By Samie Jaffrey
A study initiated by Silver Chips,indicates that the lead content in Blair's drinking water averages 25 parts per billion (ppb), a level which exceeds and Environmental Protection Agency (EPA) guidelines that will be put into effect in June, 1989.
The EPA's newly adopted policy will lower its lead-in-water standard to an average of 10 ppb from the 50 ppb limit set in the 1960s. This new policy may require that the water feeding Blair's fountains be treated to reduce the lead content.
Blair's water was tested by a student under the supervision of chemistry teacher Al Currey on the Magnet's Atomic Absorption spectrophotometer last year. Samples were taken at 7:35 a.m. and 3:05 p.m. at each of Blair's 14 water fountains. According to the spectrophotometer's manual, the tests should be accurate within 10 ppb. In order for the test results to be scientifically significant, the tests need to be replicated.
According to Greg Helms, an EPA Environmental Specialist in the Department of Drinking Water, "If the lead content is above 20 ppb, we urge people to institute a tap flushing program or a corrositivity control policy. If the lead content is above 50 ppb, [the water] should not be used at all."
The tap flushing program involves simply running the water for a few minutes. In the school, however, "the corrosion control will be done at the plant. There, chemicals such as sodium hydroxide and phosphate chemicals would be added, says Helms.
One reason for the change of policy was relatively new research that suggested that amounts of lead well below those previously considered hazardous can adversely affect the intelligence and behavior of young children. One study, published in the New England Journal of Medicine, showed that young children with lead levels below 25 micrograms per deciliter of blood level assumed safe by the EPA had IQs significantly lower than those with only 10 micrograms. Furthermore, teachers also perceived dramatic differences between the two groups. The group with 25 micrograms of lead tended to be unable to follow a sequence of directions while only eight percent of the 10 microgram group were in that category.
Other research suggests that excess lead in drinking water exacerbates hypertension in middle-aged adults, increases the chances of premature births and stillborn infants and causes lower birth weights and heights. One study showed that children who absorbed lead while still in the womb performed worst on physical and mental tests in the first years of their life.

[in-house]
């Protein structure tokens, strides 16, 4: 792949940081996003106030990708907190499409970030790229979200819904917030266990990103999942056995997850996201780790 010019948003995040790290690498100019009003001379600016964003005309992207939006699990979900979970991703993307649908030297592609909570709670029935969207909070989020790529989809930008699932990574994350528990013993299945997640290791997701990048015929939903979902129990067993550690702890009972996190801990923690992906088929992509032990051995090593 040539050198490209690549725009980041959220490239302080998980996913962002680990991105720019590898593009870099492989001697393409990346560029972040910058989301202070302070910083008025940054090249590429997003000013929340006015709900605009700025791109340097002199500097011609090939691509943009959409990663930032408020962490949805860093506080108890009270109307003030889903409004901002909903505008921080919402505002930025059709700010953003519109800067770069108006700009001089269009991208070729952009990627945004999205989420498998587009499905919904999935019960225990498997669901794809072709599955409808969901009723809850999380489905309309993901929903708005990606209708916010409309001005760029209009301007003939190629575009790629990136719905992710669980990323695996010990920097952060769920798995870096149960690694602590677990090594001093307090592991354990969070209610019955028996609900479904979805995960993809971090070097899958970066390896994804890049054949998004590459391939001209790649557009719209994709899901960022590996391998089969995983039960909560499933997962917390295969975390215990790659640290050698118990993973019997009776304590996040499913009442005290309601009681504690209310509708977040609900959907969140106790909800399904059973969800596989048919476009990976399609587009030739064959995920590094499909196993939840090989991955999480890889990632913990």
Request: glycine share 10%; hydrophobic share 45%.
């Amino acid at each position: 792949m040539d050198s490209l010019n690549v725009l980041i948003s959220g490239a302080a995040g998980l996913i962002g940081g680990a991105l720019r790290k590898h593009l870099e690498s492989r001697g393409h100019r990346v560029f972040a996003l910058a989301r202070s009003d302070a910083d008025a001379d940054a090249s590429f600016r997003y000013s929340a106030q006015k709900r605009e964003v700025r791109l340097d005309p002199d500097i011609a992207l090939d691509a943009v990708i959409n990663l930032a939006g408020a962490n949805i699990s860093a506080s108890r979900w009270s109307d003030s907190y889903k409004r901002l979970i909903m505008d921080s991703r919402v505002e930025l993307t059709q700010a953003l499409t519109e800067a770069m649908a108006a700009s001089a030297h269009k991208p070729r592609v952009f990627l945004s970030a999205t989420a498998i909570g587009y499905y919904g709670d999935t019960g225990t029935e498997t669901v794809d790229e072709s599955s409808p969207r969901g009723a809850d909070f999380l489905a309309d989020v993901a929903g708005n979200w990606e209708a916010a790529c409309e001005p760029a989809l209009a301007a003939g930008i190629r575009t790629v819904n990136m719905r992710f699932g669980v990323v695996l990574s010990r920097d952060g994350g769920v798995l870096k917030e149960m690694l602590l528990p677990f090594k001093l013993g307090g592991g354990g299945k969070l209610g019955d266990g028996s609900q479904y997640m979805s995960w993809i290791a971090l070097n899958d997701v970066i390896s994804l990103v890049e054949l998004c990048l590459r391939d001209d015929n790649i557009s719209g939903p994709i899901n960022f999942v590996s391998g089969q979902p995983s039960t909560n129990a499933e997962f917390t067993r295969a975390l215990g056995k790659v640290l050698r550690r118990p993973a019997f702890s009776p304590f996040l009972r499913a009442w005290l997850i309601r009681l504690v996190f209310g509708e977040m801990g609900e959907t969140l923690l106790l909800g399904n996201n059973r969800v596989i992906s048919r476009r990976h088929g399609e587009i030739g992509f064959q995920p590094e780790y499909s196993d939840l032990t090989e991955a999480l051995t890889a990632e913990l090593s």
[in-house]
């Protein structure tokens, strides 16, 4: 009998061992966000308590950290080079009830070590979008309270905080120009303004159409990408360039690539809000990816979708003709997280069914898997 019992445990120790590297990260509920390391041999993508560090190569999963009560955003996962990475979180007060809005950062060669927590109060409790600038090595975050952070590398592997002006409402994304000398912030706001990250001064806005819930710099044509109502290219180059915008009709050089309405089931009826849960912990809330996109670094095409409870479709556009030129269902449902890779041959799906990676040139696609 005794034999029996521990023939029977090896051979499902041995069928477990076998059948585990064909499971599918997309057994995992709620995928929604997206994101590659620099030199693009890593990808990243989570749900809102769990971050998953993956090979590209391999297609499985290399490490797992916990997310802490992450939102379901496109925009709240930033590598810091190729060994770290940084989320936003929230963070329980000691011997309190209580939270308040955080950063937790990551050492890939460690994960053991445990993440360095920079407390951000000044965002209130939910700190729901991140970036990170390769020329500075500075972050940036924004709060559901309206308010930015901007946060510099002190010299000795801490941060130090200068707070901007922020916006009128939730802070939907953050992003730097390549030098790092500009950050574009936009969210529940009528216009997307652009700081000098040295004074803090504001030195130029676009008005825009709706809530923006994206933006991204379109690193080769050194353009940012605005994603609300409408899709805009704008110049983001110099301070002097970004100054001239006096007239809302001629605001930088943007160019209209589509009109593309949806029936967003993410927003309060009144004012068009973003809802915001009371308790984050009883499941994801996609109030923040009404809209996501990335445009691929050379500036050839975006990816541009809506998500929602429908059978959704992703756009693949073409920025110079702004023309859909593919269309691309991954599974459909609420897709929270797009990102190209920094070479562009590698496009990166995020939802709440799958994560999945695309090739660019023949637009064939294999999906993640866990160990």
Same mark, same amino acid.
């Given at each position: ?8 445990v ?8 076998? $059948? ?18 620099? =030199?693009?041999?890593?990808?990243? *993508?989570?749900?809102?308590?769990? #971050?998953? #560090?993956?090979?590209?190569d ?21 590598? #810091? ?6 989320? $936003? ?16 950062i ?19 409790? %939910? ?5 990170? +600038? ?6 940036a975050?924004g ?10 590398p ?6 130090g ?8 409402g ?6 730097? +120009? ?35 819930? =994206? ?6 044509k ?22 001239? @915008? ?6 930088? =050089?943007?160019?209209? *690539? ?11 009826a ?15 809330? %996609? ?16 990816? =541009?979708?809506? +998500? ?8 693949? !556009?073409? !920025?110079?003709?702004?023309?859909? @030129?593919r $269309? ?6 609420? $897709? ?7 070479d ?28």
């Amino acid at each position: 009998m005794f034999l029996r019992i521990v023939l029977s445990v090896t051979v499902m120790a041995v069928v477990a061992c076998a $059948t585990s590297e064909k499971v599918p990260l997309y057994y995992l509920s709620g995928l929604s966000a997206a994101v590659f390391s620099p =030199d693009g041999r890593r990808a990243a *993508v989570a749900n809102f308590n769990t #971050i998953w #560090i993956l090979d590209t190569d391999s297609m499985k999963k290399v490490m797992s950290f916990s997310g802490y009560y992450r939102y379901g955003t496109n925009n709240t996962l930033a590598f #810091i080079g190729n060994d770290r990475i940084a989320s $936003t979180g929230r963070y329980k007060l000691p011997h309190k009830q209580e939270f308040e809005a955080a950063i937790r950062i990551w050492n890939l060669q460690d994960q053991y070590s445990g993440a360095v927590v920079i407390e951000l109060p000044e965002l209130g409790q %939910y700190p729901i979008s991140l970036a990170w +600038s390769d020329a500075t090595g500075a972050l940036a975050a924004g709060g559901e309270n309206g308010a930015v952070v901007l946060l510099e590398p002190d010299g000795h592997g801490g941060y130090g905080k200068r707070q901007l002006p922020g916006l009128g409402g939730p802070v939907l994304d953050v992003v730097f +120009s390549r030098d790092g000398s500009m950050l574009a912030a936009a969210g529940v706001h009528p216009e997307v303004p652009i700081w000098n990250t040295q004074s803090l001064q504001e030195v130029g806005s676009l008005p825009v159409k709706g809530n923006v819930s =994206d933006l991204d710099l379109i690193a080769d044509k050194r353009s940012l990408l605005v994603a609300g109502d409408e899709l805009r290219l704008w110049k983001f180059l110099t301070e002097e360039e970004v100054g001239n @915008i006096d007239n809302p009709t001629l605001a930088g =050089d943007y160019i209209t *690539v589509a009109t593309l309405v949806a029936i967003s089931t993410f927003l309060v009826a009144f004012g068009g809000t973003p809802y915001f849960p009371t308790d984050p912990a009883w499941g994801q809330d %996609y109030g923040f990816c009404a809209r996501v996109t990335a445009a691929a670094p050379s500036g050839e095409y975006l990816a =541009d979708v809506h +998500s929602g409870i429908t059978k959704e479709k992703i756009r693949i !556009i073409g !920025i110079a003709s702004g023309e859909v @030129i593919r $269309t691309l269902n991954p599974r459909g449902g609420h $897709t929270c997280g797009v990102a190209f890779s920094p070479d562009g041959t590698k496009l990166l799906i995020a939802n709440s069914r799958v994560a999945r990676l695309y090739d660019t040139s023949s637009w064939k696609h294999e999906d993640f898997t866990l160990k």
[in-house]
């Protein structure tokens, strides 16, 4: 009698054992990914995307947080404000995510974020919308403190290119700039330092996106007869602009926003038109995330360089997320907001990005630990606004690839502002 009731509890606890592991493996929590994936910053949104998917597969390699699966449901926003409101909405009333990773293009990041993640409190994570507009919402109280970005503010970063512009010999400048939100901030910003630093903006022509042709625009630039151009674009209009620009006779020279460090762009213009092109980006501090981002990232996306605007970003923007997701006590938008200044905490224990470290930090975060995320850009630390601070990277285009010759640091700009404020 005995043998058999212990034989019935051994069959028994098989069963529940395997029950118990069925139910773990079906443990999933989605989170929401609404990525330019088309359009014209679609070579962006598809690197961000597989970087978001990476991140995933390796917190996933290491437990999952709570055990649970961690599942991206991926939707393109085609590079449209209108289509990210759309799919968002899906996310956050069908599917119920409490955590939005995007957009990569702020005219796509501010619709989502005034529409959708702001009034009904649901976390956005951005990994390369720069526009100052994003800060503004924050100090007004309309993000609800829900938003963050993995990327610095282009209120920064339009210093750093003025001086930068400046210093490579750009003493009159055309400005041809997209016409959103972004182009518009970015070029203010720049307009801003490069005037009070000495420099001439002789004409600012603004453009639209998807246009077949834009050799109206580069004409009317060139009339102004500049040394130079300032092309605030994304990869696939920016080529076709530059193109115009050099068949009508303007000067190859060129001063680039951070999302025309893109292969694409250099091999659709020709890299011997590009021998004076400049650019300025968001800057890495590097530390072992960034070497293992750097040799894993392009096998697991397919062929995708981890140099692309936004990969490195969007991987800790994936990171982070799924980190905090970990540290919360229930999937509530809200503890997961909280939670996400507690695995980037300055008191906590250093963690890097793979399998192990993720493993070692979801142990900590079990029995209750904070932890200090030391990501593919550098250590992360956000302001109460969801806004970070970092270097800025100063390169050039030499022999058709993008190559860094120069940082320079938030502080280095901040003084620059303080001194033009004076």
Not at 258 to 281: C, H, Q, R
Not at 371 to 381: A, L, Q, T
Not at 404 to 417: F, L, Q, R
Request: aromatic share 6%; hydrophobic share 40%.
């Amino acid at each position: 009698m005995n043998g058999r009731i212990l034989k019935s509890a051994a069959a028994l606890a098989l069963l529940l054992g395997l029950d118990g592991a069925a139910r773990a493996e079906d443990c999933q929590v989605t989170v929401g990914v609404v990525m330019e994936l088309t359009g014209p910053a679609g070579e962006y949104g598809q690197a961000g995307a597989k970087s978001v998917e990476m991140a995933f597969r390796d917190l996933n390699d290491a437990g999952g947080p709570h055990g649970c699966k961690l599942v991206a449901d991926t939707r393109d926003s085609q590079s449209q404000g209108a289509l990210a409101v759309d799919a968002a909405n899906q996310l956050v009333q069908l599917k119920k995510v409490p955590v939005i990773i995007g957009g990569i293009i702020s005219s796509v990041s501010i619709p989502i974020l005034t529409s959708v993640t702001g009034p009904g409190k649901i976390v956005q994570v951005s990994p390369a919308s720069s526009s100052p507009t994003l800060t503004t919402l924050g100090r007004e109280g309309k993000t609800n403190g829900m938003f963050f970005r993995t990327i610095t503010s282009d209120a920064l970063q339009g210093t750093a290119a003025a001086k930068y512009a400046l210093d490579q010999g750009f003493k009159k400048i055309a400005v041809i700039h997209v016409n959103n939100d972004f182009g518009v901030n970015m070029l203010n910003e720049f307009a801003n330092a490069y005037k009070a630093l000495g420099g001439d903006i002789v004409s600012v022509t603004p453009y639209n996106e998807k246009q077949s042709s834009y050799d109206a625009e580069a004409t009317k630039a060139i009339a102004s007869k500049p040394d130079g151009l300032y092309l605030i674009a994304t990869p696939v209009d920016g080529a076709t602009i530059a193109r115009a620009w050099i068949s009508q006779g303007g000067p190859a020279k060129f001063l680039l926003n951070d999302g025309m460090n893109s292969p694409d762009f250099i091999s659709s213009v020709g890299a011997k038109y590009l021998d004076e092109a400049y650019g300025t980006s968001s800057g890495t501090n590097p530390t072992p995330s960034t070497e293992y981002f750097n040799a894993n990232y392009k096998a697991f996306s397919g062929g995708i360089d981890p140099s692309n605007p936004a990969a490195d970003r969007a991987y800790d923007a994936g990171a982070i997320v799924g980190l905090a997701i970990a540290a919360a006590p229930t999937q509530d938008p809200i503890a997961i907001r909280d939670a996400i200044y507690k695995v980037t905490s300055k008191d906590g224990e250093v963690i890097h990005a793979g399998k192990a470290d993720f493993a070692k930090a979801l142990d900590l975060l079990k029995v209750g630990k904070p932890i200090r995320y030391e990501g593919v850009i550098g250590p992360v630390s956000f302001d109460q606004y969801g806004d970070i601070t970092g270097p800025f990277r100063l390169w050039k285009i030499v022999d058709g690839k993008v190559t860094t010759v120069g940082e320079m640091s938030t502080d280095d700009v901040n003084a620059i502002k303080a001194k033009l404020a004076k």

In teenagers however, there may be fewer adverse effects to lead in water. According to Helms, because there is one third less absorption in healthy teens, they would not be affected to a great extent. Ronnie Levin, an EPA designated specialist who testified to the congressional committee that was investigating water quality, however, says, "Everybody is affected by lead. Neurological and cognitive effects are experienced mostly in the young. Cardiovascular [side effects are] more in adults, blacks more than whites, men more than women… The systems that are affected most in teenagers are reproductive and kidney function."
A 1986 amendment to the Clean Drinking Water Act also mandated a change to the EPA drinking water policy. According to Helms, "The congress named 83 compounds that need to be controlled in drinking water. Lead was one of them because of all the new data since the 1962 Public Health Standard."
Much of the lead in water comes from the cooling mechanisms in the fountains. Following a 1986 EPA amendment to the Safe Drinking Water act, the use of solder of flux exceeding 0.2 percent lead content is prohibited.
Two years ago, Blair's water was tested, and a tap flushing program was instituted after the lead content was determined to be 450 ppb, nine times more than the then-established EPA standard. According to principal Phillip Gainous, "They suspected that lead residues were in the water. They found that when the flushed the pipes, the lead residues were washed away. [A few months later] they came back and tested the water and found that it was safe… and we stopped [the flushing program]." After further examination, the solder used to bond the pipes was found to contain 50 percent lead. This high content was blamed on the lead problem.